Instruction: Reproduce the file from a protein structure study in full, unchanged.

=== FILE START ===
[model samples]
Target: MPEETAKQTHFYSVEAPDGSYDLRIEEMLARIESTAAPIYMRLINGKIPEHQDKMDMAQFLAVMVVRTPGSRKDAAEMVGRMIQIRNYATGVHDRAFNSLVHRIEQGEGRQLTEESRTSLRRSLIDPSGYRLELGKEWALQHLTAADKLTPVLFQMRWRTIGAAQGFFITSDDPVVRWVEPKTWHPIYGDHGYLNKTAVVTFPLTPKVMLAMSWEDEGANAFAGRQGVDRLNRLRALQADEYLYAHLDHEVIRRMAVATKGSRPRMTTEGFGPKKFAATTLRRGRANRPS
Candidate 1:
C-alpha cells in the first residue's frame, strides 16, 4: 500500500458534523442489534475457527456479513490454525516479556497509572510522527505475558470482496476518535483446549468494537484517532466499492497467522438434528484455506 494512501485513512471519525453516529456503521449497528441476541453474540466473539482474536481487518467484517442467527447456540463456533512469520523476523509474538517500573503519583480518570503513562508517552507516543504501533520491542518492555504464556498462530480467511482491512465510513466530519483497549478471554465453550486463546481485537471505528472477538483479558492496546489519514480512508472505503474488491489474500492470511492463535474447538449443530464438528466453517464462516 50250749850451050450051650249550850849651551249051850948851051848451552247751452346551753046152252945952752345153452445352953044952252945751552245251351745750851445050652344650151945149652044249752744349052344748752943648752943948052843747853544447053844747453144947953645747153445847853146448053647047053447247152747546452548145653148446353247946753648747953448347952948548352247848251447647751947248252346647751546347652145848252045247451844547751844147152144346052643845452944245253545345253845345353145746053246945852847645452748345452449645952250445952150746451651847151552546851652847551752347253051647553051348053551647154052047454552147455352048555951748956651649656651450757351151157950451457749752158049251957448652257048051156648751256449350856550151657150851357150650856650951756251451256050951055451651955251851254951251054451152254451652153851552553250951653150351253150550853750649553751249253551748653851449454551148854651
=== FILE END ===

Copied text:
[model samples]
Target: MPEETAKQTHFYSVEAPDGSYDLRIEEMLARIESTAAPIYMRLINGKIPEHQDKMDMAQFLAVMVVRTPGSRKDAAEMVGRMIQIRNYATGVHDRAFNSLVHRIEQGEGRQLTEESRTSLRRSLIDPSGYRLELGKEWALQHLTAADKLTPVLFQMRWRTIGAAQGFFITSDDPVVRWVEPKTWHPIYGDHGYLNKTAVVTFPLTPKVMLAMSWEDEGANAFAGRQGVDRLNRLRALQADEYLYAHLDHEVIRRMAVATKGSRPRMTTEGFGPKKFAATTLRRGRANRPS
Candidate 1:
C-alpha cells in the first residue's frame, strides 16, 4: 500500500458534523442489534475457527456479513490454525516479556497509572510522527505475558470482496476518535483446549468494537484517532466499492497467522438434528484455506 494512501485513512471519525453516529456503521449497528441476541453474540466473539482474536481487518467484517442467527447456540463456533512469520523476523509474538517500573503519583480518570503513562508517552507516543504501533520491542518492555504464556498462530480467511482491512465510513466530519483497549478471554465453550486463546481485537471505528472477538483479558492496546489519514480512508472505503474488491489474500492470511492463535474447538449443530464438528466453517464462516 50250749850451050450051650249550850849651551249051850948851051848451552247751452346551753046152252945952752345153452445352953044952252945751552245251351745750851445050652344650151945149652044249752744349052344748752943648752943948052843747853544447053844747453144947953645747153445847853146448053647047053447247152747546452548145653148446353247946753648747953448347952948548352247848251447647751947248252346647751546347652145848252045247451844547751844147152144346052643845452944245253545345253845345353145746053246945852847645452748345452449645952250445952150746451651847151552546851652847551752347253051647553051348053551647154052047454552147455352048555951748956651649656651450757351151157950451457749752158049251957448652257048051156648751256449350856550151657150851357150650856650951756251451256050951055451651955251851254951251054451152254451652153851552553250951653150351253150550853750649553751249253551748653851449454551148854651